ClinVar Miner

Submissions for variant NM_024675.4(PALB2):c.3350+5G>A (rs587782566)

Minimum review status: Collection method:
Minimum conflict level:
ClinVar version:
Total submissions: 4
Download table as spreadsheet
Submitter RCV SCV Clinical significance Condition Last evaluated Review status Method Comment
Ambry Genetics RCV000131789 SCV000186838 likely pathogenic Hereditary cancer-predisposing syndrome 2020-08-25 criteria provided, single submitter clinical testing The c.3350+5G>A intronic variant results from a G to A substitution 5 nucleotides after coding exon 12 in the PALB2 gene. This nucleotide position is highly conserved in available vertebrate species. This alteration has been identified in the homozygous state in an individual with Fanconi Anemia features and RNA analysis showed skipping of coding exon 12 (Mori M et al. Haematologica. 2019 Oct;104:1962-1973). The BDGP splice prediction software does not produce a reliable prediction for the nearby native splice donor site, and the ESEfinder splice prediction software predicts a weakening in the native splice donor site efficiency. RNA studies have demonstrated this alteration results in abnormal splicing in the set of samples tested (Ambry internal data). Based on the majority of available evidence to date, this variant is likely to be pathogenic.
Invitae RCV000526519 SCV000633424 likely pathogenic Familial cancer of breast 2020-09-02 criteria provided, single submitter clinical testing This sequence change falls in intron 12 of the PALB2 gene. It does not directly change the encoded amino acid sequence of the PALB2 protein, but it affects a nucleotide within the consensus splice site of the intron. This variant is not present in population databases (ExAC no frequency). This variant has been observed in an individual affected with Fanconi anemia (PMID: 30792206). ClinVar contains an entry for this variant (Variation ID: 142586). Nucleotide substitutions within the consensus splice site are a relatively common cause of aberrant splicing (PMID: 17576681, 9536098). Experimental studies have shown that this change results in the generation of two aberrant transcripts, one that leads to out-of-frame exon 12 skipping (p.G1068_S1186delinsVPGR), and the other that leads to the in-frame skipping of exons 11 and 12 together (p.N1039_R1117del) (PMID: 30890586). In summary, the currently available evidence indicates that the variant is pathogenic, but additional data are needed to prove that conclusively. Therefore, this variant has been classified as Likely Pathogenic.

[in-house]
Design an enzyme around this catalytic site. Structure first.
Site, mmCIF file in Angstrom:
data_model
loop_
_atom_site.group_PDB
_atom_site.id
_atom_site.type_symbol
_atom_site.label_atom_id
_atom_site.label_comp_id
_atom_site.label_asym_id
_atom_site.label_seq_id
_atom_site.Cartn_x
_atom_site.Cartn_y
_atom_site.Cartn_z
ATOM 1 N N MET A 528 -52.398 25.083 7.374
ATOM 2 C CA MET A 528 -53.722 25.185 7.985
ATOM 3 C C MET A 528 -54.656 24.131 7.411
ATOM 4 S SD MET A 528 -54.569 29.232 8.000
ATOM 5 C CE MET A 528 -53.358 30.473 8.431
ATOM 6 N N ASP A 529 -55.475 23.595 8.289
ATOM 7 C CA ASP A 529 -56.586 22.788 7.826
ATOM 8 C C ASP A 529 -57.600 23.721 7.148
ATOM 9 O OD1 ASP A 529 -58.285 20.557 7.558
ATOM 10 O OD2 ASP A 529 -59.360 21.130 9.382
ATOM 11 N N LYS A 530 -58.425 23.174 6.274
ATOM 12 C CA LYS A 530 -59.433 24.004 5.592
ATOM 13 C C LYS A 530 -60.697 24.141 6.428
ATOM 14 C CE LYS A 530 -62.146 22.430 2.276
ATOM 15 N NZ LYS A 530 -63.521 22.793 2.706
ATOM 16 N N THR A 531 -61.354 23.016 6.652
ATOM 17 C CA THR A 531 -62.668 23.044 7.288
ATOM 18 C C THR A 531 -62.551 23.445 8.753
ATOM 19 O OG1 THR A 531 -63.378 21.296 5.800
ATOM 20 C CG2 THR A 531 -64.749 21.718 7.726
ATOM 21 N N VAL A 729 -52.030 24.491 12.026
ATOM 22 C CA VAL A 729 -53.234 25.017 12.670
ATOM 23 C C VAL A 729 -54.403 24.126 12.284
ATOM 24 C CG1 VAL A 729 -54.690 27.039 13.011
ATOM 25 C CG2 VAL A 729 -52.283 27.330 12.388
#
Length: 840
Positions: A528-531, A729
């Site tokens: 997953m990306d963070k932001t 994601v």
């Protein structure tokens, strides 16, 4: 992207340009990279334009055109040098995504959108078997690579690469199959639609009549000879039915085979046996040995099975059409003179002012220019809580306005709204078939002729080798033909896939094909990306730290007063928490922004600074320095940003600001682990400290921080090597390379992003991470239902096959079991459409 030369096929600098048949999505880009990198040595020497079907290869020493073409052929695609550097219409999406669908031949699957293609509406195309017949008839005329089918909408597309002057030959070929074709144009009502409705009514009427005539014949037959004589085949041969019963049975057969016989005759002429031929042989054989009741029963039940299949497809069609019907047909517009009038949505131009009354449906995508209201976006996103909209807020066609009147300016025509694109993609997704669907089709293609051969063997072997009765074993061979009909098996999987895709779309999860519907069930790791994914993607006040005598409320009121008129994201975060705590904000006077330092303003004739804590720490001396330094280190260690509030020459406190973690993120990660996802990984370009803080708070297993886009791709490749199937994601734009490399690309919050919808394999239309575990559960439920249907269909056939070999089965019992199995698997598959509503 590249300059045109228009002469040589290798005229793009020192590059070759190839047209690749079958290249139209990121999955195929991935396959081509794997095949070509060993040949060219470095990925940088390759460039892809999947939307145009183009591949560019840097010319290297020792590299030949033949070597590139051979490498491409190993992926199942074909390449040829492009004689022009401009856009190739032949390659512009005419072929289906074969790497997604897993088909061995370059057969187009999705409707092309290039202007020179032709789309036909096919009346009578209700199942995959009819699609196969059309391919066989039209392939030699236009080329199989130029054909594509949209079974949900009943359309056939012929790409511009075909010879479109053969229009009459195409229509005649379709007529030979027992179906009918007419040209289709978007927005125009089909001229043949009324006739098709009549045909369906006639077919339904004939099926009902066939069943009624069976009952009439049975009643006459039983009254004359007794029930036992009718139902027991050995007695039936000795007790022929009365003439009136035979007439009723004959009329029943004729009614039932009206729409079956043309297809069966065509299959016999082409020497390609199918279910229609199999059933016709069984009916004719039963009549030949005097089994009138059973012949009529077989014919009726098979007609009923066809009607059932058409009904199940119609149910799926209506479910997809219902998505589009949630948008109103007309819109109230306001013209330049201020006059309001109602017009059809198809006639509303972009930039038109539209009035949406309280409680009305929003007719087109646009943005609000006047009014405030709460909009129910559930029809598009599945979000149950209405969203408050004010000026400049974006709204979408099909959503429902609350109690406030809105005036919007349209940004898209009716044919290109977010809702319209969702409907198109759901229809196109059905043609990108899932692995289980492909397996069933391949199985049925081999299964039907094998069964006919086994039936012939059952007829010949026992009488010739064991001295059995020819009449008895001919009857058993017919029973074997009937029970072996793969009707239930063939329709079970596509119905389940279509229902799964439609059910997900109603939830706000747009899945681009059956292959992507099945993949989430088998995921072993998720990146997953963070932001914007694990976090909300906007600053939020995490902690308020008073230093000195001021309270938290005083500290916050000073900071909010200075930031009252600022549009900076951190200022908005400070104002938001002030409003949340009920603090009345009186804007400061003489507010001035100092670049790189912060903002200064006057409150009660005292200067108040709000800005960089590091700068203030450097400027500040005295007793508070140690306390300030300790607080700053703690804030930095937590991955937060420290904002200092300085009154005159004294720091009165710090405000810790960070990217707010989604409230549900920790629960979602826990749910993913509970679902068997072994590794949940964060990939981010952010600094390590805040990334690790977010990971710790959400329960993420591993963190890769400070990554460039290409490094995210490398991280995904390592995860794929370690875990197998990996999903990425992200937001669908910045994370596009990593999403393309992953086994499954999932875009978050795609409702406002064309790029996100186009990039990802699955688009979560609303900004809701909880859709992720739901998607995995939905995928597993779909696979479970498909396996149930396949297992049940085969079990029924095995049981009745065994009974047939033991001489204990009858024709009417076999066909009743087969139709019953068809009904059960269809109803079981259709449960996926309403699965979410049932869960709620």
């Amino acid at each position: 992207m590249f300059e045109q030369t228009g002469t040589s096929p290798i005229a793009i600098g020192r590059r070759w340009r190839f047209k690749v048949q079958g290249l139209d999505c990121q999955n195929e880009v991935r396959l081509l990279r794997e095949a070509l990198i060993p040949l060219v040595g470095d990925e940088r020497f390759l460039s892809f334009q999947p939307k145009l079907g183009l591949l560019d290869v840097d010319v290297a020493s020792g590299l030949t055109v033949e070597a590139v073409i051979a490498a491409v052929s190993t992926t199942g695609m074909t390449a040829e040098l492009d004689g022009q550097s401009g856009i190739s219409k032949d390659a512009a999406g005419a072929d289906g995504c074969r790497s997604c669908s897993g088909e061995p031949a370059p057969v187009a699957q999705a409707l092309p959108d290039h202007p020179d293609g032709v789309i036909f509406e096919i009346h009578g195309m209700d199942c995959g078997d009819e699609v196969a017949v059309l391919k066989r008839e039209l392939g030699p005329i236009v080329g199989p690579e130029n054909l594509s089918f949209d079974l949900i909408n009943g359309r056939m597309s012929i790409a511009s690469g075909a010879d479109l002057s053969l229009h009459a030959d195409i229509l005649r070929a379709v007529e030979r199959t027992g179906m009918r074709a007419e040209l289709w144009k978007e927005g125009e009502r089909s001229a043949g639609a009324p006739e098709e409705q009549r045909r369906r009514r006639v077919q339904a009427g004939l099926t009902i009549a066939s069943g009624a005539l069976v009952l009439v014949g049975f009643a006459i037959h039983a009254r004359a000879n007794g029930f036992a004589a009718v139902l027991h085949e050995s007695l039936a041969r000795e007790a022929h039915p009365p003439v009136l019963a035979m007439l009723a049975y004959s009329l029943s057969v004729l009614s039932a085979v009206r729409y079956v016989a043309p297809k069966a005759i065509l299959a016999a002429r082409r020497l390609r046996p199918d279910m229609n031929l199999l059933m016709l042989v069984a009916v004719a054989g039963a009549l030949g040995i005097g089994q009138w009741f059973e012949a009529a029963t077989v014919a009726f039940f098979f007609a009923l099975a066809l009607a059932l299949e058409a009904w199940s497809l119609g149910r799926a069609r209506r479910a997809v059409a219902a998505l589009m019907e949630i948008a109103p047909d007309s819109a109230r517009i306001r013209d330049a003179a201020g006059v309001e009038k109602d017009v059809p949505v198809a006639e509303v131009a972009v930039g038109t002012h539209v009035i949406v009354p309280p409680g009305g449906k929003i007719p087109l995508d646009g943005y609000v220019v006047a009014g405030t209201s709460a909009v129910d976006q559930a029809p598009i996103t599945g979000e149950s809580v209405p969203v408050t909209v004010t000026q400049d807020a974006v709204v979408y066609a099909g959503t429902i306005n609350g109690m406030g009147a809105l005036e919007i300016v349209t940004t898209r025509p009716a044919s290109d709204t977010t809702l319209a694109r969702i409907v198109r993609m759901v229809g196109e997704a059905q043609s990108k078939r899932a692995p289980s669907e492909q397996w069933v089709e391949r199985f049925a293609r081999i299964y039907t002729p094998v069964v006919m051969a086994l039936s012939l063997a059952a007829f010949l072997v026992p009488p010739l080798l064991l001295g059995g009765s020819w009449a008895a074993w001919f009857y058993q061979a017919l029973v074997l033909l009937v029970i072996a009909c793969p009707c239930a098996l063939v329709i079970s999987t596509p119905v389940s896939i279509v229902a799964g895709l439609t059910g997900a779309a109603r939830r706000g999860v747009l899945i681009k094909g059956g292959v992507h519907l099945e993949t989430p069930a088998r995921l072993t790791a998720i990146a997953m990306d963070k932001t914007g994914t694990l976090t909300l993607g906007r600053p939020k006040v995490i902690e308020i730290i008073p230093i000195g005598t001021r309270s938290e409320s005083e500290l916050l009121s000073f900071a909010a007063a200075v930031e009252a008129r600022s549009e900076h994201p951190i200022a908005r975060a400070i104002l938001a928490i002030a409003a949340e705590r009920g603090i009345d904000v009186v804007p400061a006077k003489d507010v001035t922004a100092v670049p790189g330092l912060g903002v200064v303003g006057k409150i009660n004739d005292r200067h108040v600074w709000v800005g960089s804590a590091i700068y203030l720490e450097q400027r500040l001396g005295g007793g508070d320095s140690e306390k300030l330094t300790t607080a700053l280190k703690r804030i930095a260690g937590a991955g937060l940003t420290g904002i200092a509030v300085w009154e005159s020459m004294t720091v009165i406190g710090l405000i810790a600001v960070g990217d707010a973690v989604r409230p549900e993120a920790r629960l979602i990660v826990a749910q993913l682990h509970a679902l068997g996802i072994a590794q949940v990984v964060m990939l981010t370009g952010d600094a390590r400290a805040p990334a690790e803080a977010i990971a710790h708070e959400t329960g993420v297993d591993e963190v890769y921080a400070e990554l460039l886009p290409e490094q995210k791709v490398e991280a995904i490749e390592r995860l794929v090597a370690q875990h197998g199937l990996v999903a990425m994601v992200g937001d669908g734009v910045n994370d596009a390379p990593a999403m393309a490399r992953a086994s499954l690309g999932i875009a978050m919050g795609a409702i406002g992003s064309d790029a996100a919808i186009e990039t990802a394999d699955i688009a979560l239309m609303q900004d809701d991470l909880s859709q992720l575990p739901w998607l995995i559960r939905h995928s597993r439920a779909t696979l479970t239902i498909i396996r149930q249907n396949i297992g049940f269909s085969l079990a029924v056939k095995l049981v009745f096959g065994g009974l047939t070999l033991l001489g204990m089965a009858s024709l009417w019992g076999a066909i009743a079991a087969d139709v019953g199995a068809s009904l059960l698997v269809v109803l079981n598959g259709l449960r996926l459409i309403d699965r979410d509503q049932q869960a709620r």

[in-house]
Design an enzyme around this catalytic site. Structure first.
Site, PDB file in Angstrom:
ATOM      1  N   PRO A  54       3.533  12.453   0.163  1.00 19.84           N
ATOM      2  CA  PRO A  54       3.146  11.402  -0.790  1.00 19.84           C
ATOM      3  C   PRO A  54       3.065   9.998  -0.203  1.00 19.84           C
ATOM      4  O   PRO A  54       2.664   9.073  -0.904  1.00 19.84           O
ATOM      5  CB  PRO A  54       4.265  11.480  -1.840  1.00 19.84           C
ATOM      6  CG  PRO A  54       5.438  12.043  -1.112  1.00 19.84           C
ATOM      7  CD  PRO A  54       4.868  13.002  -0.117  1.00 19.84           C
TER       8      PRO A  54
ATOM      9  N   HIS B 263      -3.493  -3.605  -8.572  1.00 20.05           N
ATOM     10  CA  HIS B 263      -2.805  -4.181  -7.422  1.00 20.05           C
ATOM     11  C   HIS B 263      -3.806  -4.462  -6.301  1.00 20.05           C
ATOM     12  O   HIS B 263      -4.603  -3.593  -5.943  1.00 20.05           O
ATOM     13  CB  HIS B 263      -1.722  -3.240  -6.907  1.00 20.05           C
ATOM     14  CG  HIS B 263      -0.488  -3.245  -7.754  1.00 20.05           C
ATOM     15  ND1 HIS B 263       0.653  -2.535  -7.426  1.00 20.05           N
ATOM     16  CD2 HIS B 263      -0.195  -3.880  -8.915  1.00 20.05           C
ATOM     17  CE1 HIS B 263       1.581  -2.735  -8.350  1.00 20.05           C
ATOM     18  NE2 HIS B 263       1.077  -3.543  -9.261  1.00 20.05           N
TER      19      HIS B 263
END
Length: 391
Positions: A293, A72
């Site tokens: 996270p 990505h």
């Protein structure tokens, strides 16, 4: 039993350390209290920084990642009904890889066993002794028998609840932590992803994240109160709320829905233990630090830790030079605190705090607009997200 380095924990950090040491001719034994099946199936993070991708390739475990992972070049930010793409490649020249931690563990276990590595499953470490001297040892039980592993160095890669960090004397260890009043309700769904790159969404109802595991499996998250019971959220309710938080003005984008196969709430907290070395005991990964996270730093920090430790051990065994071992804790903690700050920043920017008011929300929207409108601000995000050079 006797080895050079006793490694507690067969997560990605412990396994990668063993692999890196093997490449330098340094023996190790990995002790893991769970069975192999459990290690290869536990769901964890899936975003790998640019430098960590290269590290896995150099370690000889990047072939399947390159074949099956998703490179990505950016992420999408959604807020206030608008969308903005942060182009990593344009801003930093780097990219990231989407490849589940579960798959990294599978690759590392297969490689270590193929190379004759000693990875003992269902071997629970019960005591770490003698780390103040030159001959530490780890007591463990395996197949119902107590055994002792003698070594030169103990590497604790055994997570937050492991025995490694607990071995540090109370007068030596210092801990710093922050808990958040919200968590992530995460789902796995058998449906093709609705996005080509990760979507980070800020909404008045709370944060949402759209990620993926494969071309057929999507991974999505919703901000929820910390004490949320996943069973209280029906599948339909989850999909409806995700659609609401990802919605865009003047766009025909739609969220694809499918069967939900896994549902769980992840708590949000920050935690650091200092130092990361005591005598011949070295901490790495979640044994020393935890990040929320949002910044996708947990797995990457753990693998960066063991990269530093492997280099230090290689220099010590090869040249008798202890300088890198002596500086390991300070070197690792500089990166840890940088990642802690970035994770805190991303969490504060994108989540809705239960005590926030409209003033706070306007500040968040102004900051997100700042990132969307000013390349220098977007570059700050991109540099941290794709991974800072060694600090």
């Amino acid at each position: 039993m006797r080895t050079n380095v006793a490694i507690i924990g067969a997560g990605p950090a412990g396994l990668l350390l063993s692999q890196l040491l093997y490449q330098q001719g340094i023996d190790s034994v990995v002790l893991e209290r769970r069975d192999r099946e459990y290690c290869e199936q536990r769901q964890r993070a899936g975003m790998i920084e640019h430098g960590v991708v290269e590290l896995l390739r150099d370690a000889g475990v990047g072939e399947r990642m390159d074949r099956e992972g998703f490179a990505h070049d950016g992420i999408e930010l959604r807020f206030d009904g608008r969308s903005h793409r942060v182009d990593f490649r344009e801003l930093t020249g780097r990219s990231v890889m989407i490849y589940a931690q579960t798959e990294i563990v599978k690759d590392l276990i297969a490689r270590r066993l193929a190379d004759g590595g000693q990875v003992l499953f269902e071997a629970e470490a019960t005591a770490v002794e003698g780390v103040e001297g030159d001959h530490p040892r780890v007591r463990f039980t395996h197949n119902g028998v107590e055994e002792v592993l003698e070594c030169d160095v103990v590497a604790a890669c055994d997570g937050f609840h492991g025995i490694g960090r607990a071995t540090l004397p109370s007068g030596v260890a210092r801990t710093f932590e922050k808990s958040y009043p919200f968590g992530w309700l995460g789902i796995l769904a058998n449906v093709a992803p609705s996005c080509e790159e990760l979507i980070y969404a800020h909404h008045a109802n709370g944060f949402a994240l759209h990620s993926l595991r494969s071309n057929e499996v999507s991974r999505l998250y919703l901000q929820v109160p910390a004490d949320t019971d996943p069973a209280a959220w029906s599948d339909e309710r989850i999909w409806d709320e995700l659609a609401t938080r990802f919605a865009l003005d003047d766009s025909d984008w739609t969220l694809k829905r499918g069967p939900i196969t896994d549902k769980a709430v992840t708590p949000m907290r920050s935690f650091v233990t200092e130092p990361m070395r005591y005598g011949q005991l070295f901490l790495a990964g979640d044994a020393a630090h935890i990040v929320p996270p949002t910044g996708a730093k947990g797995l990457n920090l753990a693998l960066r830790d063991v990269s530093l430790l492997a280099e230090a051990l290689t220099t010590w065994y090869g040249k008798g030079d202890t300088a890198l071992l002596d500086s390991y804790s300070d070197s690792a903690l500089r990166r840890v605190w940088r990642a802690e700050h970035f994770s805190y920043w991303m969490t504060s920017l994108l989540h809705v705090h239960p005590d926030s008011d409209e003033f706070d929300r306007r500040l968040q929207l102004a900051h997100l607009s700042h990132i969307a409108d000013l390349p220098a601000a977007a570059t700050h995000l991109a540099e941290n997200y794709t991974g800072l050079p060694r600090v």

Mendelics RCV000131789 SCV000838994 uncertain significance Hereditary cancer-predisposing syndrome 2018-07-02 criteria provided, single submitter clinical testing
Color Health, Inc RCV000131789 SCV001358405 likely pathogenic Hereditary cancer-predisposing syndrome 2020-11-13 criteria provided, single submitter clinical testing This variant causes a G to A nucleotide substitution at the +5 position of the intron 12 splice donor site of the PALB2 gene. Three RNA studies have reported aberrant mRNA transcripts in variant carriers that are predicted to disrupt the BRCA2 and RAD51 binding domain in the protein (PMID: 30890586, 32133419, 32238468). One of the aberrant transcript is also present in healthy controls, albeit at a lower average level than in carriers with this variant (PMID: 32133419). This variant has been reported in one individual affected with pancreatic cancer who also has a ATM truncation variant (PMID: 29731985) and in two individuals who underwent cancer genetic testing for suspicion of hereditary cancer (PMID: 32133419). The variant also has been observed in a homozygous carrier affected with Fanconi anemia (PMID: 32238468). This variant has been identified in 2/251408 chromosomes in the general population by the Genome Aggregation Database (gnomAD). Loss of PALB2 function is a known mechanism of disease (clinicalgenome.org). Based on the available evidence, this variant is classified as Likely Pathogenic.

The information on this website is not intended for direct diagnostic use or medical decision-making without review by a genetics professional. Individuals should not change their health behavior solely on the basis of information contained on this website. Neither the University of Utah nor the National Institutes of Health independently verfies the submitted information. If you have questions about the information contained on this website, please see a health care professional.